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Re: GDP question about piano templates & dynamics

From: Graham Percival
Subject: Re: GDP question about piano templates & dynamics
Date: Sat, 28 Jun 2008 16:53:07 -0700

On Sat, 28 Jun 2008 19:43:44 +0200
"Valentin Villenave" <address@hidden> wrote:

> 2008/6/28 Neil Puttock <address@hidden>:
> > I wish that were the case; got any tips on working faster (without
> > causing massive breakage)? :)

Focus.  Let's say that you're working on \underline:
- does this command take 1 argument or more?  It's one.  So copy
  the previous one-argument example:
\markup {
  one \\bold two
and change the \\bold to \\underline.  Boom, example done.  Next
command.  Assuming that you keep that previous example in your
copy buffer, the entire command can be done in 30 seconds.

- go through the entire list, just taking care of simple stuff.
  Don't play with examples.  For example, you noticed that the
\box command looks ugly if you don't \override the padding.  Don't
fix that stuff yet.  Just go through the list making the examples.

- if there's a command with multiple arguments, dump a FIXME
  there.  And then move on.  Don't think about it.

- once you've gone through the list, start compiling the docs and
  go get coffee.  When you come back, hopefully they'll be done.
skim through the html pages; if you see something ugly (like
\box), *then* go back and fiddle with the example.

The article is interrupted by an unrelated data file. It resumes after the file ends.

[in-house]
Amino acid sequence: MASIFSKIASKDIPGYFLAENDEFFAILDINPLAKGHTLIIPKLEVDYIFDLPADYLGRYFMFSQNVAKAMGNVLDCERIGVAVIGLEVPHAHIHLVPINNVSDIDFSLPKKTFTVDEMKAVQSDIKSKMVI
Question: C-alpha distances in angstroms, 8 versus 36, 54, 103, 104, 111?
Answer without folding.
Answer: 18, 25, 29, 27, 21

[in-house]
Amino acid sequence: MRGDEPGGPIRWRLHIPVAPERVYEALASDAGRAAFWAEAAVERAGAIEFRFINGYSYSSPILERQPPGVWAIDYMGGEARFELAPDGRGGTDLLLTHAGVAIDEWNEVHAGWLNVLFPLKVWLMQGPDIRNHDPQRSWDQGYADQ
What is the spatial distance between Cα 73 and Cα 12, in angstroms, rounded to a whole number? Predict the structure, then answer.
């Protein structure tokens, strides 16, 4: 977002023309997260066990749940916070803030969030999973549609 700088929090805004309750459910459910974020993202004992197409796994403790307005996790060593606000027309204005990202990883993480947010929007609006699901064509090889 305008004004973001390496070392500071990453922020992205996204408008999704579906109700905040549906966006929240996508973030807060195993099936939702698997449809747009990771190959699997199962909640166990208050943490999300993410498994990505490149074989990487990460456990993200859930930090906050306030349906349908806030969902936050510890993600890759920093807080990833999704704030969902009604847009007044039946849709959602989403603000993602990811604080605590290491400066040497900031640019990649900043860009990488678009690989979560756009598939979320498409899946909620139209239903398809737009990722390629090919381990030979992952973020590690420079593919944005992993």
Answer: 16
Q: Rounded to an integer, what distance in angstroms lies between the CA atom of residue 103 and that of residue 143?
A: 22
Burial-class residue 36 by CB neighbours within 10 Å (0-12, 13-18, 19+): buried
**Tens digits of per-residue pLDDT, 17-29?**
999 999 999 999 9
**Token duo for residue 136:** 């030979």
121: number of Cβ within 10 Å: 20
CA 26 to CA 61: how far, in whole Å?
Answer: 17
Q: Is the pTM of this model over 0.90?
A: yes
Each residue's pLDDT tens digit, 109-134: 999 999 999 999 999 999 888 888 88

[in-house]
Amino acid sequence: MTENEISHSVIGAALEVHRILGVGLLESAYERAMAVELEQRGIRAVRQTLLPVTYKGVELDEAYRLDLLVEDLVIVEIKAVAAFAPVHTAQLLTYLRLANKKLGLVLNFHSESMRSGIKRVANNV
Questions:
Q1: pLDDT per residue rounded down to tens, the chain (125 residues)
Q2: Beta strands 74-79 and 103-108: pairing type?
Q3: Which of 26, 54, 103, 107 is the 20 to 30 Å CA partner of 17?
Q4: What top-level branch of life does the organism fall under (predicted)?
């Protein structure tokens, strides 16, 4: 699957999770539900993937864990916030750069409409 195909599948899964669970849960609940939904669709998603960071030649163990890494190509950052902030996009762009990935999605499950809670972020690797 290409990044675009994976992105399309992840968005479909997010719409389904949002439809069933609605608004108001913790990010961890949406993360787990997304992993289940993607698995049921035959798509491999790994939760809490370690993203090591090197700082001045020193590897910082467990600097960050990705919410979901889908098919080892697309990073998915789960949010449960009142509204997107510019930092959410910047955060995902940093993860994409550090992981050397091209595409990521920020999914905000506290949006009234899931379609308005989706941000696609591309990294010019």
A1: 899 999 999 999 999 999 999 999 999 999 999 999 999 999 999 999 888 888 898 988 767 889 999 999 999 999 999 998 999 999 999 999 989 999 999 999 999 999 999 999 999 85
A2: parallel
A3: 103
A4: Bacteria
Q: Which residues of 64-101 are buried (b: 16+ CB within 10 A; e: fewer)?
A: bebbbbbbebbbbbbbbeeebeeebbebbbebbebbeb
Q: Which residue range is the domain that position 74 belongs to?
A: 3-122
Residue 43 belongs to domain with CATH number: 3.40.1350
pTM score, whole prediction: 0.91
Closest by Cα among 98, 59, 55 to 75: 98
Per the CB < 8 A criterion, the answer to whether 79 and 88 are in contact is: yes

This is how you can cover 90% of the docs in an hour.  It's dull,
it's repetitive, but it gets stuff done.

Then you do the same thing for multi-argument commands.  Now the
.scm file is a mixture of finished and unfinished commands, but
you don't need to search for commands to fill in -- you just
search for FIXME.  Here's your basic example:
\markup {
  \command {

If you can shove a markup command into the above format, do it and
stop thinking about it.  If you can't, leave the FIXME alone and
move on to the next one.  Again, DON'T THINK ABOUT IT.

- compile docs, get coffee, fix remaining.

At this point there's probably about 10 commands left.  They'll
require special attention, though, reading source code, asking on
-devel, whatever.  But that's fine... it's a short list.  The end
is in sight.  You might be able to farm out one or two of these to
other people if it's too hard (this is a general tip, I don't
think it'll apply to you).

Also, I'm much happier, because the docs look pretty complete; I
can see that there's only a few things left.  If you fell off the
edge of the Earth, I know that I can finish the remaining commands

> Similarly, I'm looking for tips on how to write sensible docs on hairy
> stuff such as 1.8 Text :)

Here, the big question is figuring out what you don't need to
discuss.  At the moment, you're thinking about explaining all the
different text alignment commands, because they aren't in the
appendix.  Once Neil has added all those examples -- and these
definitely do fall into the "trivial multi-arg commands" category,
and therefore only take an hour -- I suspect that we'll find that
you don't need to discuss them.

Basically, stop thinking about "explaining everything there is to
do about text".  Instead, think about "explain enough abotu text
so that users can understand the \markup command reference in the

Again, this is much easier if you can actually *see* what the
command reference looks like... but if you can't, you just need to
imagine it.  That's what I have to do all the time, with the
possibility of snippets, new texi2html output, deciding what to
cover in the LM vs. the NR, etc.

> (I've just seen Nicolas has made my font-size docs nearly obsolete
> less than an hour ago; I'm both thrilled and desperate.)

If your font-size docs were written properly, it should only take
a few minutes to update them.

- Graham

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